How Hot Is It Before Glass Breaks?

The expansion and contraction of glass, which can ultimately lead to shattering and cracks, is greatly influenced by the pace and distribution of heat. As a result, temperature alone rarely dictates when glass breaks. Glass can fracture or break when heated, a phenomenon known as a thermal break.

There are other factors besides temperature that affect why glass breaks. When one part of a glass panel gets hotter than the other, like the centre getting hotter than the edge, thermal stress is caused.

The centre of the glass expands as a result of the temperature change, putting stress on the material and leading to breaks or cracks. Glass will break if the stress exceeds its capacity to withstand it.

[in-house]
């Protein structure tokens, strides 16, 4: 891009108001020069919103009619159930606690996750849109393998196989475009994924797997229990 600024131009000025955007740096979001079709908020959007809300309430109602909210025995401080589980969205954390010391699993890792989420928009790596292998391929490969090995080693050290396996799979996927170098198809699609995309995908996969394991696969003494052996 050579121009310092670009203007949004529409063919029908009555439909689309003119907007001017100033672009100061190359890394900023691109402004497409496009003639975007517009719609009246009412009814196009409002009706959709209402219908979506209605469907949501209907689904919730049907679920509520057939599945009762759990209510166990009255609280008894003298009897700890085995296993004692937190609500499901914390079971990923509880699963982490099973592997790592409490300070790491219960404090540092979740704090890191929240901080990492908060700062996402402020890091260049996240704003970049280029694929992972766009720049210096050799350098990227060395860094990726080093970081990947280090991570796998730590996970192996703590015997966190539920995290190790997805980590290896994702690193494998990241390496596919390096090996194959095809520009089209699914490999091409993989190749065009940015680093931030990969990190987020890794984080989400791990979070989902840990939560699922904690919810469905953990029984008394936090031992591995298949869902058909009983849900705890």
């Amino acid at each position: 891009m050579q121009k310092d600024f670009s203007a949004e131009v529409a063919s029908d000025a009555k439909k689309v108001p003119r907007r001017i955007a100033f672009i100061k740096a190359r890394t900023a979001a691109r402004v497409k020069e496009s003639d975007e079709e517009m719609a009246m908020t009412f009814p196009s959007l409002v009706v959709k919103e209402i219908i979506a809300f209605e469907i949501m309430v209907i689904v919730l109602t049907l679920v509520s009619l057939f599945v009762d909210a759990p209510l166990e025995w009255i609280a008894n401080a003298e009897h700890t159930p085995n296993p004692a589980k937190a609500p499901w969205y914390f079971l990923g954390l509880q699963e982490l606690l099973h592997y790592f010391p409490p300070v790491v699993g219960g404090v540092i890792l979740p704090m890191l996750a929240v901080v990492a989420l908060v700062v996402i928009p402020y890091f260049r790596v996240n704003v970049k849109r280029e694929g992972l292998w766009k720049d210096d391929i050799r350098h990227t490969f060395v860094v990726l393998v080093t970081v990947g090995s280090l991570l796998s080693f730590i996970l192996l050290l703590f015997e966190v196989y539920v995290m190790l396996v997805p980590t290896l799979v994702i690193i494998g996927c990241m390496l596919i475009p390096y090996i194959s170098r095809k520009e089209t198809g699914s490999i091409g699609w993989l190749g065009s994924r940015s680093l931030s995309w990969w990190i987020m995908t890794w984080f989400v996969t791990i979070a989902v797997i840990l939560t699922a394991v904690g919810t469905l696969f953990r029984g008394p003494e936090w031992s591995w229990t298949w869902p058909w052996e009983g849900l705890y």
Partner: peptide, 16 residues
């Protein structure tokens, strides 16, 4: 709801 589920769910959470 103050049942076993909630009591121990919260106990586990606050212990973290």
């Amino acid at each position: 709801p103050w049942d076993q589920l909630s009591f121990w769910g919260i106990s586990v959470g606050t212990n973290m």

Glass glasses or dishware can be heated very slowly to give the object time to expand evenly, reducing or eliminating thermal breaks and stress. Some glass manufacturers will apply a specific coating or tint to windows or glass panels, like patio doors, to help slow or even out the flow of heat. To help maintain a cooler temperature, some businesses might also recommend additional outdoor shading for windows and doors.

Misha Khatri
Misha Khatri is an emeritus professor in the University of Notre Dame's Department of Chemistry and Biochemistry. He graduated from Northern Illinois University with a BSc in Chemistry and Mathematics and a PhD in Physical Analytical Chemistry from the University of Utah.


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